Contributions to the Field by the Senior Physician
How does the aging senior physician continue to be involved in research activities without dominating upcoming faculty within his/her own institution? Collaboration with senior investigators from other institutions with whom one has worked previously in important areas of research is an excellent way to remain involved. I have had the good fortune of doing this, and it has been personally very rewarding. For example, I have collaborated with Dr. Frank Marcus, who is in my age range and very actively involved in clinical research, and we have worked together on inherited cardiac arrhythmia studies (2–4). In addition, we have written a joint editorial related to changing times in cardiovascular publications (5). In a similar way, I have worked with Drs. Helmut Klein and Stephen Heilman, both close to my age, on developing and testing the wearable defibrillator. I have also remained involved in leading our Multicenter Research Group, in which several members are in my age range, and we have continued to initiate and conduct randomized clinical studies and trials (6).
It is not very difficult to keep up with the specialty clinical research with utilization of Internet correspondence, Endnote, and access to the affiliated university medical school library for relevant full-content medical journal papers. There is certainly more medical cardiology data than one can review, so one has to be selective in one’s focus.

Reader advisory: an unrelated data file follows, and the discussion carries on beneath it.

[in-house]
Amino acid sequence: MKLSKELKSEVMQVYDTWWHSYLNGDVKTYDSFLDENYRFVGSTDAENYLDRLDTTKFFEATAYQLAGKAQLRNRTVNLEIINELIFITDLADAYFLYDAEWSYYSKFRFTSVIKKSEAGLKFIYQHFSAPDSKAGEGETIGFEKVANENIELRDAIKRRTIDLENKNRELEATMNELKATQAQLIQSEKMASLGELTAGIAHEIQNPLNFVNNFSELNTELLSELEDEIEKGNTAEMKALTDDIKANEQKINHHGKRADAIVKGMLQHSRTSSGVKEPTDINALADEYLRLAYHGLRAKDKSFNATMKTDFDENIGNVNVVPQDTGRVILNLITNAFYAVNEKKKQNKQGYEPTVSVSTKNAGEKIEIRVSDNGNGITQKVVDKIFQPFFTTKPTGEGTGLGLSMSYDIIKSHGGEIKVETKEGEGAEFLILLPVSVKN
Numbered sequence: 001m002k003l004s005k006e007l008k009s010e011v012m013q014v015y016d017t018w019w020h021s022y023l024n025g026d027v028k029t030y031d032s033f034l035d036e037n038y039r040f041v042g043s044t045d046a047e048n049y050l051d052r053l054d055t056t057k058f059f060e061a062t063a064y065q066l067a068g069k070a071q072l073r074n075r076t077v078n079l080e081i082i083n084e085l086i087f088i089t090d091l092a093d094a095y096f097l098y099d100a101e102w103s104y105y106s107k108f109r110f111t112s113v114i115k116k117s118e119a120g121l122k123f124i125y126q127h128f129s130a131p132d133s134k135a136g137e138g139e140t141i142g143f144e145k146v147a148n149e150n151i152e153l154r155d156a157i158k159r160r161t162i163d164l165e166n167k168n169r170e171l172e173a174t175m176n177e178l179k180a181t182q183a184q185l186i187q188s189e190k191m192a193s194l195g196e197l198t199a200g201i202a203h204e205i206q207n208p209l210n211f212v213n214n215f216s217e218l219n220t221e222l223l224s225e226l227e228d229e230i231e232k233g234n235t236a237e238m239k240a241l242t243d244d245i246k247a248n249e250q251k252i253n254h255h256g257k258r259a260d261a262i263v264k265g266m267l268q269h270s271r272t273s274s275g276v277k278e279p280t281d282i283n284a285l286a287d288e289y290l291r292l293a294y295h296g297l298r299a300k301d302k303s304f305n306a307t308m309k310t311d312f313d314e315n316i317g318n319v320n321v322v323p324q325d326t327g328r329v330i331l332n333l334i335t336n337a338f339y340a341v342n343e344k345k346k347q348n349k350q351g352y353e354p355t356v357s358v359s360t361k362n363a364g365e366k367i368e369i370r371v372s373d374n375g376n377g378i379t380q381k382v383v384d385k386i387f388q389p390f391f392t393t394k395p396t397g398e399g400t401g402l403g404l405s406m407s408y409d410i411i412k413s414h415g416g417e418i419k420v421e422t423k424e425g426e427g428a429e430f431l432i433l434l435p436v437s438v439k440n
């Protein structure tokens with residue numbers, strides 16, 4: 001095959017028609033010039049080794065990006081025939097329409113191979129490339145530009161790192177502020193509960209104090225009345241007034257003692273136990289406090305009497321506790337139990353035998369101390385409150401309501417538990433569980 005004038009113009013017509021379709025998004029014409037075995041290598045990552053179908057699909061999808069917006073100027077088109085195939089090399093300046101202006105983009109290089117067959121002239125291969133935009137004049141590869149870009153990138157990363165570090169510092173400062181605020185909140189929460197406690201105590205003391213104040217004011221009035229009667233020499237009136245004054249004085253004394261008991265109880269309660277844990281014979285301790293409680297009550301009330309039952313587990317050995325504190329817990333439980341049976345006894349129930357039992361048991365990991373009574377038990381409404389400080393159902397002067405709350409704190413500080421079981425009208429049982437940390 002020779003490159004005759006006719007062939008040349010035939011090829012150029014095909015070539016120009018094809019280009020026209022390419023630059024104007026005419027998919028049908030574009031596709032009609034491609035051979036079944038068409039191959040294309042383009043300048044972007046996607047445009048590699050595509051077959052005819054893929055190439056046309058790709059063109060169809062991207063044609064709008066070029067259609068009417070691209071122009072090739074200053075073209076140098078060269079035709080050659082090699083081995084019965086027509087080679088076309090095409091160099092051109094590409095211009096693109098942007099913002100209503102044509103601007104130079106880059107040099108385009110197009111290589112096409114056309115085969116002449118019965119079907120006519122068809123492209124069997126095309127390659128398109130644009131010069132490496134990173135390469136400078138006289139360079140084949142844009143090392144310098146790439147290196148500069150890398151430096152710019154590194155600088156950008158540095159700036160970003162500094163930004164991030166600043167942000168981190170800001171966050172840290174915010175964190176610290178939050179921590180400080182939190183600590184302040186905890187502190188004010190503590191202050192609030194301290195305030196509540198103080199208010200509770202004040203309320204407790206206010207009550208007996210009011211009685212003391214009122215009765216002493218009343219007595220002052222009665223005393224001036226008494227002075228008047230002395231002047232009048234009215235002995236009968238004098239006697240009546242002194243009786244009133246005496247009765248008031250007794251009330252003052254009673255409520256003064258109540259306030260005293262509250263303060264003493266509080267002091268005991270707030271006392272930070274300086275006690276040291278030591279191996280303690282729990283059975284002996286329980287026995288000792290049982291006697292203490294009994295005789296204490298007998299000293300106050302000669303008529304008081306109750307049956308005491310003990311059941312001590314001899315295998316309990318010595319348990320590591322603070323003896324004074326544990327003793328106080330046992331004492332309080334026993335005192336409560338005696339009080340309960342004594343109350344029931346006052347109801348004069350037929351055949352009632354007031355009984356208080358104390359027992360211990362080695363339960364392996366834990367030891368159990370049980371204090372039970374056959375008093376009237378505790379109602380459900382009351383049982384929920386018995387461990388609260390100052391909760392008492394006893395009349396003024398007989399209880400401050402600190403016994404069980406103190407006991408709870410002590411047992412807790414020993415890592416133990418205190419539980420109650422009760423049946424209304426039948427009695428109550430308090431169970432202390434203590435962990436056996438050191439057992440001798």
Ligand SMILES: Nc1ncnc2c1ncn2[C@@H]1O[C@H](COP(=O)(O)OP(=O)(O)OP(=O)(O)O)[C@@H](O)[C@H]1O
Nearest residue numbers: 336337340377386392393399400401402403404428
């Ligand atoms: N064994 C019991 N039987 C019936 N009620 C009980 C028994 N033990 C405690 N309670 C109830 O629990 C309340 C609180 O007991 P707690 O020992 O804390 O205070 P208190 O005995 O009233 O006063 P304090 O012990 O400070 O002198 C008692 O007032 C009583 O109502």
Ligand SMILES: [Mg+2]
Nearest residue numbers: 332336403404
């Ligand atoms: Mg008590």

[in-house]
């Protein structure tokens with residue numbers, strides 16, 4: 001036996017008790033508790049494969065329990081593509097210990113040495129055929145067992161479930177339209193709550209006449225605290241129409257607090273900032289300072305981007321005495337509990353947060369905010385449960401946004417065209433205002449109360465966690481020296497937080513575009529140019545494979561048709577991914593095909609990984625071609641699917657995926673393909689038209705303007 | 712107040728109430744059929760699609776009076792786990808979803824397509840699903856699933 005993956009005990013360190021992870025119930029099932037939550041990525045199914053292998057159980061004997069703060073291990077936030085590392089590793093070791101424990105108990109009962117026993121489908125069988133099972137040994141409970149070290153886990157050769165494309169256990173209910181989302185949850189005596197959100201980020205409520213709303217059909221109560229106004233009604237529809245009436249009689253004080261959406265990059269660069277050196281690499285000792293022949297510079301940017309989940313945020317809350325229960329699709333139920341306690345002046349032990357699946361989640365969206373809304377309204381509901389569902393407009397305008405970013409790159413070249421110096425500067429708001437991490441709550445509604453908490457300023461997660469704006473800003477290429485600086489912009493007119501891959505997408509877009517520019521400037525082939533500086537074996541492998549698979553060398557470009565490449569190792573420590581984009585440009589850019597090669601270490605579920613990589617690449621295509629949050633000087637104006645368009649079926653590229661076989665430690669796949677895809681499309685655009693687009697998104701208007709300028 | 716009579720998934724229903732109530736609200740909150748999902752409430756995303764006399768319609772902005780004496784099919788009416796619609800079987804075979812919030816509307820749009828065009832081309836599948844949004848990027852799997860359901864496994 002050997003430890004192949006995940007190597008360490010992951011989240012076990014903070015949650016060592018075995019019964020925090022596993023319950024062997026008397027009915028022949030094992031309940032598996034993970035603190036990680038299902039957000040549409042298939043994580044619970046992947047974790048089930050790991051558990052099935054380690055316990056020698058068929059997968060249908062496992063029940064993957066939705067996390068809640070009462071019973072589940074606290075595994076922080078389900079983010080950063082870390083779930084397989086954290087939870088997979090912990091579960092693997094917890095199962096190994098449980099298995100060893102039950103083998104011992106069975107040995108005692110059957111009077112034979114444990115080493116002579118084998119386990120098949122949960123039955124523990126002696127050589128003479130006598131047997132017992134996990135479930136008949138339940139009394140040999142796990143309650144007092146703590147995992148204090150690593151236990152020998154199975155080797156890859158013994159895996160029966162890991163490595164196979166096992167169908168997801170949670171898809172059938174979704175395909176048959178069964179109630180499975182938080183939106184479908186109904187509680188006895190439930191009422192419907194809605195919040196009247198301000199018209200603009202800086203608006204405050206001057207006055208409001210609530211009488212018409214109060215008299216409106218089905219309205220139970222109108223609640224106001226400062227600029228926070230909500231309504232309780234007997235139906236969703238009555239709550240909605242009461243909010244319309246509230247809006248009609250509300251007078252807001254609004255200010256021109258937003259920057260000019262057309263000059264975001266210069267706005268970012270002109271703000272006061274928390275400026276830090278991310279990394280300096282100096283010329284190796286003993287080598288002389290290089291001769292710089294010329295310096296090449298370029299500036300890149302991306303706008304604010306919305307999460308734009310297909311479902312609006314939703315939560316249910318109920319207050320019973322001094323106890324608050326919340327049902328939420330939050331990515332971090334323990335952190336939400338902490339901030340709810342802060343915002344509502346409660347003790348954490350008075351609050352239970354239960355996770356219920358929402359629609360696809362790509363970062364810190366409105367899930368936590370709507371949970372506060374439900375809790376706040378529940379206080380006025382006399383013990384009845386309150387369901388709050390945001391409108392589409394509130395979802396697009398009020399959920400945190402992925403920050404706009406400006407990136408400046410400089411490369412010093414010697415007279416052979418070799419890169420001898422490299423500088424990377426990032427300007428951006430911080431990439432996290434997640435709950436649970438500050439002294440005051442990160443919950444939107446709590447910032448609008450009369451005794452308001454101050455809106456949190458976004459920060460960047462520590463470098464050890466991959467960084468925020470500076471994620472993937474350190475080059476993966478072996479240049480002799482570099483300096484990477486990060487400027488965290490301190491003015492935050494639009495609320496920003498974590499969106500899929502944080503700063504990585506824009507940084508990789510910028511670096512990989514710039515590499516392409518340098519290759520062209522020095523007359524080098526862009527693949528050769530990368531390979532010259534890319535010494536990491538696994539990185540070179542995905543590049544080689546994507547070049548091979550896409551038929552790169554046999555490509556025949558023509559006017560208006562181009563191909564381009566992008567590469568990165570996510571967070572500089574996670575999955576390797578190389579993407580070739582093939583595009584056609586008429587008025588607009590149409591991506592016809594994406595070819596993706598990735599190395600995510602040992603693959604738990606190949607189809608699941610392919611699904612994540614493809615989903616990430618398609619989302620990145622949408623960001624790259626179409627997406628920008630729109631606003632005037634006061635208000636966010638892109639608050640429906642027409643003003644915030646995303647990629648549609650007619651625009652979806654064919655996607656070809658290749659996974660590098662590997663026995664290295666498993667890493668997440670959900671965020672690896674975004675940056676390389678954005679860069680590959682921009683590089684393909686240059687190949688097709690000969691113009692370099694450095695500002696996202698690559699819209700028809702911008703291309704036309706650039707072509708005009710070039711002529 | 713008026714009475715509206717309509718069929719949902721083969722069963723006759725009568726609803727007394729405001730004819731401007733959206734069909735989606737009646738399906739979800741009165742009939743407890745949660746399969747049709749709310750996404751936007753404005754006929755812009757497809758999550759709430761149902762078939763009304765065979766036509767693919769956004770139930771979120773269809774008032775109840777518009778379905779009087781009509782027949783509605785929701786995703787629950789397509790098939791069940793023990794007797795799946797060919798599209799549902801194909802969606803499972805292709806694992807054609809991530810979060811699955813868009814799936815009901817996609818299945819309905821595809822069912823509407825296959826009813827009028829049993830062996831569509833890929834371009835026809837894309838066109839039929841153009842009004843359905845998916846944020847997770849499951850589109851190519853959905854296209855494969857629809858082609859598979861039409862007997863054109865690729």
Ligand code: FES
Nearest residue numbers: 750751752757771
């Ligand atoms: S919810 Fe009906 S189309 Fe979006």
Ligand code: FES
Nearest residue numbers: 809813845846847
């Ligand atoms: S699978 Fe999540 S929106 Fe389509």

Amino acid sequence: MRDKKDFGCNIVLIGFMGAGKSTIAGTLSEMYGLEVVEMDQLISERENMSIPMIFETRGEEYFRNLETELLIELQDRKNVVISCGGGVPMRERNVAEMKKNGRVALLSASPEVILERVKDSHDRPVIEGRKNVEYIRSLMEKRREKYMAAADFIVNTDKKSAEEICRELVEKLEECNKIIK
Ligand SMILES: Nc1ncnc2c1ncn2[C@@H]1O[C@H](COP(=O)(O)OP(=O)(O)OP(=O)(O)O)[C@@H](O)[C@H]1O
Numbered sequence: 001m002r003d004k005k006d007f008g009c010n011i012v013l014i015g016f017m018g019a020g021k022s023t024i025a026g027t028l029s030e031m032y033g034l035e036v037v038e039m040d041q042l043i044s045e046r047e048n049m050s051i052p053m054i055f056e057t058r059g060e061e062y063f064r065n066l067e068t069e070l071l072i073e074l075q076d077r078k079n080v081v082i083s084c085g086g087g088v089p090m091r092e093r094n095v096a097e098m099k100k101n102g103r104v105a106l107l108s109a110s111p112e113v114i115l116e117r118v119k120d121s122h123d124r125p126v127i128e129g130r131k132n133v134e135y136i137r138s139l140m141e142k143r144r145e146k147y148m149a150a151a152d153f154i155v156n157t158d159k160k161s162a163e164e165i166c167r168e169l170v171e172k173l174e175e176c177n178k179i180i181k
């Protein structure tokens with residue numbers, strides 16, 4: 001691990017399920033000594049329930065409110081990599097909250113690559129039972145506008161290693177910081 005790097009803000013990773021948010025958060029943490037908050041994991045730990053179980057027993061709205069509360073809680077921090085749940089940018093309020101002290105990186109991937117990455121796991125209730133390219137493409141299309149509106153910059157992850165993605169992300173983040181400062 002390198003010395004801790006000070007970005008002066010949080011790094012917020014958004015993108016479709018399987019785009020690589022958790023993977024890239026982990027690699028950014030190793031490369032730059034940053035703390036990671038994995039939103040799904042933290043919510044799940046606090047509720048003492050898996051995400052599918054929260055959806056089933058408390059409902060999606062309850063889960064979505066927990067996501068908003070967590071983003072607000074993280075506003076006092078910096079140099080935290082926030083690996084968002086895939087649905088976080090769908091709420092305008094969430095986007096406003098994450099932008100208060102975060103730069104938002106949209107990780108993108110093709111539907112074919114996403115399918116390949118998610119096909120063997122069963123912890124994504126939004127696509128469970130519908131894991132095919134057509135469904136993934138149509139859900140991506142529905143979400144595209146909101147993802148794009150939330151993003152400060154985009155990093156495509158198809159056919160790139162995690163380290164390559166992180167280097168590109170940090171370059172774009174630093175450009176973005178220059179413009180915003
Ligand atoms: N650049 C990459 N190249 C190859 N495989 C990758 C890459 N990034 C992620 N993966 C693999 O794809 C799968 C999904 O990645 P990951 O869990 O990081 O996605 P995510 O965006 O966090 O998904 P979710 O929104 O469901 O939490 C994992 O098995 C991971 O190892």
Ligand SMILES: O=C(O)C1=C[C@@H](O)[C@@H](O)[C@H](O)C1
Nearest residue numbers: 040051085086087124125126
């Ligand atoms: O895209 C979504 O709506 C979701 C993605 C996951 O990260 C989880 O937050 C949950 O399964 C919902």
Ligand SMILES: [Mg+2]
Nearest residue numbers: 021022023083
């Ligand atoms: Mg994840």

Before 1970, clinical research involved clinical medical reports that described a clinical disease entity. In addition, the leaders in the field wrote definitive clinical cardiology text books, mostly single authored, primarily describing clinical cardiovascular disorders: Heart Disease (1931) by Dr. Paul Dudley White, Clinical Heart Disease (1936) by Dr. Samuel A. Levine, Diseases of the Heart (1949) by Dr. Charles K. Friedberg, and Diseases of the Heart and Circulation (1950) by Dr. Paul Wood, to name a few of the more prominent earlier textbooks.
Since 1970, cardiology clinical research has exploded with randomized drug, device, diagnostic, and interventional clinical trials, often with involvement of basic scientists, that dramatically improved management of patients with hypertension, hypercholesterolemia, coronary heart disease, cardiomyopathy, heart block, risk of sudden cardiac death, heart failure, congenital heart disease, and genetic cardiac channelopathies. The field was advanced with increased cardiology research funding from the National Heart, Lung, and Blood Institute and by involvement of corporate pharmaceutical and device companies. During the past 50 years, leadership in cardiology has been dominated by editor-in-chiefs and the editorial board members of the major cardiology journals (including the JACC, Circulation, and European Heart Journal families), or by involvement in multiedited textbooks such as Braunwald’s Heart Diseases: A Textbook of Cardiovascular Medicine (1980) and Hurst’s The Heart (1966). These definitive cardiology textbooks are now in their 10th (2015) and 14th (2017) editions, respectively; these books are coedited by several distinguished cardiologists as well as by Dr. Braunwald and Dr. Fuster, respectively. These books, the established cardiology journals, and my ongoing research interactions with long-term investigative colleagues have helped me remain current and up to date in a broad array of relevant cardiology topics that are fundamental for continuing my clinical research involvement and activities during my senior years.
- 2017 American College of Cardiology Foundation
- Marcus F.I.
- Wilde A.A.,
- Moss A.J.,
- Kaufman E.S.,
- et al.
- Brun F.,
- Groeneweg J.A.,
- Gear K.,
- et al.
- Moss A.J.,
- Marcus F.I.
- Moss A.J.